Creativity & Inspired Design

The Metro-Forest Project, Prawet, Bangkok, Thailand, Landscape Architects of Bangkok (LAB), 2016 Professional ASLA Honor Award, General Design Category image: Rungkit Charoenwat
The Metro-Forest Project, Prawet, Bangkok, Thailand, Landscape Architects of Bangkok (LAB), 2016 Professional ASLA Honor Award, General Design Category
image: Rungkit Charoenwat

Each year, members of ASLA’s Professional Practice Networks (PPNs) are surveyed on a different theme. In 2013, the focus was favorite spaces, with questions on iconic spaces, cities with the best networks of open spaces, and projects that changed the profession, among others. The 2014 survey focused on the variety career paths in landscape architecture. Members shared essential skills for success, the greatest challenges landscape architects face, what makes their work rewarding, and their advice for emerging professionals.

The results of those surveys have been highlighted here on The Field—now, we are moving on to the 2015 survey, when PPN members were asked to tell us about creativity and what makes for inspired designs in landscape architecture, a profession that blends art and science and requires both technical knowledge and artistry to create beautiful places.

We received responses from a diverse range of individuals in terms of sector, region of work, and level of experience:

  • Every PPN is represented, and Sustainable Design and Development—the largest PPN—had the most respondents.
  • The East, South, and Midwest are all equally represented, but the West had the most respondents.
  • 10% of respondents practice internationally.
  • 73% work in private practice.
  • 43% have 20+ years of experience, and 24% have 5 years or less.
  • 59% work in firms, agencies, or organizations of 25 or fewer employees.

Synopses of the survey results were originally shared in LAND, and we are sharing that information again here on The Field. For updates on the results of the latest PPN survey, see LAND‘s PPN News section.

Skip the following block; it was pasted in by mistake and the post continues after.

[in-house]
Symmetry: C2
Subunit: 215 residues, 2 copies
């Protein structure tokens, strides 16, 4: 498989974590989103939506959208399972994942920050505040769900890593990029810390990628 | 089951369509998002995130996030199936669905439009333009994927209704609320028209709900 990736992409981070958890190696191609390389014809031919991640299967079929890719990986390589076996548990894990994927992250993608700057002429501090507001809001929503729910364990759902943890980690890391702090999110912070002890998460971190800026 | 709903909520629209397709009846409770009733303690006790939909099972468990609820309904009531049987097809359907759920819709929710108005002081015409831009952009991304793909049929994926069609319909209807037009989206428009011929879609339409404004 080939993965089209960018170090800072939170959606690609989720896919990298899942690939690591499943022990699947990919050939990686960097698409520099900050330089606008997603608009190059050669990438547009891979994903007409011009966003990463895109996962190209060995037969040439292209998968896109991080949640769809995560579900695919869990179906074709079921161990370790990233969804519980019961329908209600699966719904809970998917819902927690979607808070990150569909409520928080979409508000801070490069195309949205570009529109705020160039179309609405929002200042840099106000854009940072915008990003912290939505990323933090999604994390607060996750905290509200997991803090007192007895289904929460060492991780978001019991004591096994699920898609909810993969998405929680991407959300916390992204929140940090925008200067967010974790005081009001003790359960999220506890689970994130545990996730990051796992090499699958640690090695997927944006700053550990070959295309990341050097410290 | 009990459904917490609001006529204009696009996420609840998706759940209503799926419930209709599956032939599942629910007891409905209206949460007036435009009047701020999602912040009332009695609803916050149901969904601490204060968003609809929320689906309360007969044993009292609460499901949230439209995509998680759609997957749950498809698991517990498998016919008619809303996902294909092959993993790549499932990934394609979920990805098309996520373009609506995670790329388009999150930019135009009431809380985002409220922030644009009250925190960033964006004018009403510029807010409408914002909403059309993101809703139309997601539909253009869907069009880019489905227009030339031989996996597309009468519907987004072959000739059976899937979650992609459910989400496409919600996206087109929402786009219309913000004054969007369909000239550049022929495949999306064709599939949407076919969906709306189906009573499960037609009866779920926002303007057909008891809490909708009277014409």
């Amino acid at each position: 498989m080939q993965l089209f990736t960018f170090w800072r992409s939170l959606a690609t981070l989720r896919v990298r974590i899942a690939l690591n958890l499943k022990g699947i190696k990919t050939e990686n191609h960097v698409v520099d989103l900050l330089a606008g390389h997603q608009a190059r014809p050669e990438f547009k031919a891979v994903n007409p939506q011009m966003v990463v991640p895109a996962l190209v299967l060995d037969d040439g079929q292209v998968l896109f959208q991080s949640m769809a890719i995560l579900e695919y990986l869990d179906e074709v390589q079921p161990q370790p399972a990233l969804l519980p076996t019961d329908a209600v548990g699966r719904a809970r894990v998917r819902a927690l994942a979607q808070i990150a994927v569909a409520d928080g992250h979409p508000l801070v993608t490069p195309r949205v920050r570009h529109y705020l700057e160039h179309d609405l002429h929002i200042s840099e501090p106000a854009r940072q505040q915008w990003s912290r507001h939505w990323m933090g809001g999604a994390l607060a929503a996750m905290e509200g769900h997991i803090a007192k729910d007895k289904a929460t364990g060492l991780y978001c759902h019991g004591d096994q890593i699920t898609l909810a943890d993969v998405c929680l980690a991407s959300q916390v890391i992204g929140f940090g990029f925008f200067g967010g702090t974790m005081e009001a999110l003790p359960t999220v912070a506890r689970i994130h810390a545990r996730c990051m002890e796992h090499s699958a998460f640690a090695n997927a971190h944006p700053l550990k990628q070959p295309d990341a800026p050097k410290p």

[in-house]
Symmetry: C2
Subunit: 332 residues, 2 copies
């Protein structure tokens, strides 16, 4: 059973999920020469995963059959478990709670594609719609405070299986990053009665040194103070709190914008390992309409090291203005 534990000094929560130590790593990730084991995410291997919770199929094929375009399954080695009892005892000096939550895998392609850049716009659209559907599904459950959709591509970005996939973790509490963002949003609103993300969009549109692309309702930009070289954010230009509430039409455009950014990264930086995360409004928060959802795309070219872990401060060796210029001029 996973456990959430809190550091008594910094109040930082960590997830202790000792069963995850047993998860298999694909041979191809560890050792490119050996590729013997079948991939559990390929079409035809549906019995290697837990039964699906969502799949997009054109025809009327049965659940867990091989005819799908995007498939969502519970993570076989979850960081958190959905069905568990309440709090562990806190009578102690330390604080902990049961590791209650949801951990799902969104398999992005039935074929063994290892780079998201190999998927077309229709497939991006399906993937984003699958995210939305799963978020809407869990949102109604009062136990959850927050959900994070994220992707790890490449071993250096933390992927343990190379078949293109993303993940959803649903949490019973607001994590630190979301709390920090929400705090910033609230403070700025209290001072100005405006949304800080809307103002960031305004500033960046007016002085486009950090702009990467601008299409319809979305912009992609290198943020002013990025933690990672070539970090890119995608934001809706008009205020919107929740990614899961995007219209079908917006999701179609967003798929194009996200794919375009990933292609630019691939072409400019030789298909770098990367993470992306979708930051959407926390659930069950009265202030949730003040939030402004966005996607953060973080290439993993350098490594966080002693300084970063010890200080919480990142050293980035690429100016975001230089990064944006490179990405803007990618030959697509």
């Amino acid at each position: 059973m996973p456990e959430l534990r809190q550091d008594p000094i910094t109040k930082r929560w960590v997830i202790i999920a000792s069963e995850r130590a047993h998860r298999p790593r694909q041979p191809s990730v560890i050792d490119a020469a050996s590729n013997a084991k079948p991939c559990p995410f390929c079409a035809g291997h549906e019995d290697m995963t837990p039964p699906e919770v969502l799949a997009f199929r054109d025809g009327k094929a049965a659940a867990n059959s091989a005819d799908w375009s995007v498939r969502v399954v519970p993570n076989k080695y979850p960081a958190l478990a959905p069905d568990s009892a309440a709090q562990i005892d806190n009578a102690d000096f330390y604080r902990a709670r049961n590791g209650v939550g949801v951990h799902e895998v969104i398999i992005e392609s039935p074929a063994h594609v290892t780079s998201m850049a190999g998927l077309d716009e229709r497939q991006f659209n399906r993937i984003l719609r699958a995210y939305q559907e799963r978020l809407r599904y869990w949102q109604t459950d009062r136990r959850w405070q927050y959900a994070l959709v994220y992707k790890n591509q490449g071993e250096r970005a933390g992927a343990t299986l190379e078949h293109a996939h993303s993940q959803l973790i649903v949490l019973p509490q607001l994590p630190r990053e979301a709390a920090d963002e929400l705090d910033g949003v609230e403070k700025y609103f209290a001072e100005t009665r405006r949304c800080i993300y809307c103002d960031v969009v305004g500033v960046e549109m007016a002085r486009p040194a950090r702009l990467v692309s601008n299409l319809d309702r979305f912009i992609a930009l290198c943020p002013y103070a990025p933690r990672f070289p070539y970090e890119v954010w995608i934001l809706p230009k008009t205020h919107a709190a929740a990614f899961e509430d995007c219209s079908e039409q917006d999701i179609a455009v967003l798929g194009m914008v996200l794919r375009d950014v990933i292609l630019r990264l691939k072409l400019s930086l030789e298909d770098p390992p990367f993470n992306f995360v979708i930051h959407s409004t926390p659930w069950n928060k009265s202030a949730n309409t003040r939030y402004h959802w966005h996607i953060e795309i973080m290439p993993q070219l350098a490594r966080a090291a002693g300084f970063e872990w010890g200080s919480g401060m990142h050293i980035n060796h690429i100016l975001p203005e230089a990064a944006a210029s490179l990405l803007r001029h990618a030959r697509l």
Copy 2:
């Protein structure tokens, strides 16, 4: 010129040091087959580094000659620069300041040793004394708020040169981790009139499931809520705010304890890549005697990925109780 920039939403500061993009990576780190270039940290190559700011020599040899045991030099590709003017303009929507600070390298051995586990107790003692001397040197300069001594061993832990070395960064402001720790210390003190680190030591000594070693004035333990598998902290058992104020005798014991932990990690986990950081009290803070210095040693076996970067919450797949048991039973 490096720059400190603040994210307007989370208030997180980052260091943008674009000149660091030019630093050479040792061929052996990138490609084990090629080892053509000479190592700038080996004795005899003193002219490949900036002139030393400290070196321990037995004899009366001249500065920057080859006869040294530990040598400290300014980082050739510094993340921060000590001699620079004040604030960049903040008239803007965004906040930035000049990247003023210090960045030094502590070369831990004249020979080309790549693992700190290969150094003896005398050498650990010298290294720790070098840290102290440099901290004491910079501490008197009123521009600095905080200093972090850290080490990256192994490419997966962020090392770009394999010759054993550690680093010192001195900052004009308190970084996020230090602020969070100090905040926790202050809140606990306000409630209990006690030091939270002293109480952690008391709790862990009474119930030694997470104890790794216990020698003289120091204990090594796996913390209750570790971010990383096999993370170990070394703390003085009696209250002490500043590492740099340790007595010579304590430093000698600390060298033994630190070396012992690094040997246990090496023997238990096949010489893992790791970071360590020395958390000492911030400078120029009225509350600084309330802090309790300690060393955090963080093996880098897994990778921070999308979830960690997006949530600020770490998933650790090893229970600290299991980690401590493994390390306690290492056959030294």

Below are a few highlights from the 2015 results, which will be explored in greater depth in upcoming posts.

Who inspires you?

In addition to many familiar names—Frederick Law Olmsted; Dan Kiley; Laurie Olin, FASLA; Maya Lin; and Piet Oudolf among them—responses to this question included both broad (“artists in general”) and personal (family members and colleagues) answers.

Where do you go to feel inspired?

“Outside!” may be the best way to sum up most of the responses.

Whose work (an individual landscape architect or a firm) do you most admire?

Answers that came up twice or more include Andropogon Associates; Christine Ten Eyck, FASLA; Dan Kiley; Michael Van Valkenburgh Associates; Darrel Morrison, FASLA; Michael Vergason, FASLA; Nelson Byrd Woltz; Peter Walker, FASLA; Reed Hilderbrand; Roberto Burle Marx; and, of course, Mother Nature.

What is your favorite portrayal of a landscape in a work of art?

Responses included books, movies, paintings, drawings, photographs, and more, ranging from impressionism to the work of J.R.R. Tolkien.

Water Calculation and Poetic Interpretation, Monterey Cypress, CA, Arterra Landscape Architects, 2016 Professional ASLA Honor Award, Residential Design Category image: Rebecca Ford
Water Calculation and Poetic Interpretation, Monterey Cypress, CA, Arterra Landscape Architects, 2016 Professional ASLA Honor Award, Residential Design Category
image: Rebecca Ford

If you could travel back in time to a historical landscape, where and when would you go?

If there were time machines, landscape architects would be checking out the Hanging Gardens of Babylon, Central Park under construction, America before Europeans arrived, Mayan cities, and “Versailles as a member of Marie Antoinette’s circle.”

How do you recharge?

Talking a walk appeared most frequently, but other responses included YouTube, reading, and travel.

What’s the next big thing in landscape architecture?

Resiliency, native planting, water conservation, monitoring landscape performance, analytics and metrics, urban agriculture, and environmental justice appeared multiple times.

What place has the most potential to be transformed by landscape architecture?

“Trick question…everywhere.”

In future features, we’ll continue to pull out unique responses, summarize trends, and highlight the most popular answers from our PPN members.

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